Too many people determine how long they think they’ll live based on arbitrary factors.
And nearly half of pre-retirees and retirees underestimate how long they’ll live by five years or more, according to surveys by the Society of Actuaries.
That’s a big problem when it comes to making sure your money lasts as long as you do.
And very few people surveyed understand how variable life expectancy can be: Whatever the statistics say is the average life span for someone of your age and gender, you have a 50% chance of living longer than that age.
In other words, planning for living to an “average life expectancy” is a recipe for disaster!
By age 65, men in average health have a 40% chance of living to age 85, and women have more than a 50% chance.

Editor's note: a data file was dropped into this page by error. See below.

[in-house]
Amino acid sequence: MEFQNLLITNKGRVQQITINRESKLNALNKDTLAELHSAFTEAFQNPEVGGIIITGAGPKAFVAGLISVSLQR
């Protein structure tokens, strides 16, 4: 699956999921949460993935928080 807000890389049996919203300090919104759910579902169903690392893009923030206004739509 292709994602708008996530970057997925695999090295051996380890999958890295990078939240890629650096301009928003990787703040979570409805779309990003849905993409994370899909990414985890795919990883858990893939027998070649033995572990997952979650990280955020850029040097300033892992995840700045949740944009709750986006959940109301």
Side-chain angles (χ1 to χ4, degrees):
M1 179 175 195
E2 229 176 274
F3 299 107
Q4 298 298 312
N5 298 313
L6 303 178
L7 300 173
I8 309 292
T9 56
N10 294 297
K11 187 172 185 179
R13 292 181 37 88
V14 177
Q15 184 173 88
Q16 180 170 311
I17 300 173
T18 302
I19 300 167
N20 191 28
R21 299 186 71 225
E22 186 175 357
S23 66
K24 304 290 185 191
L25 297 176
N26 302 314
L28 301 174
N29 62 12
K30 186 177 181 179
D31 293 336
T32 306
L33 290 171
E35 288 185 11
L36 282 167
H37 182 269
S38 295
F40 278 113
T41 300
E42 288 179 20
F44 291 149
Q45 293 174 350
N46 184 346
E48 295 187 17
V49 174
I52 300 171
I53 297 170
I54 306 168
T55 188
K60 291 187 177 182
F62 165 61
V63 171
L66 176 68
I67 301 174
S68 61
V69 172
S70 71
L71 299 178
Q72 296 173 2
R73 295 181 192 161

And if you’re healthier than average, well now you’ve got a 50% chance of living to age 85 if you’re a man, and a 62% chance if you’re a woman.
Of those turning 65 today, 25% will live past 90, and one out of 10 will live past 95, according to the Social Security Administration.
What if you’re the lucky one who hangs on until 100 or longer? You don’t know for sure, do you? But just how “lucky” will you feel if you can’t provide for yourself in those final years?
My 95-year-old mother-in-law lives in an assisted-living facility in Arizona. When her husband died, she got a life insurance settlement and has been receiving a nice pension payout every year. [Read more…] “Will Your Money Last as Long as You Do?”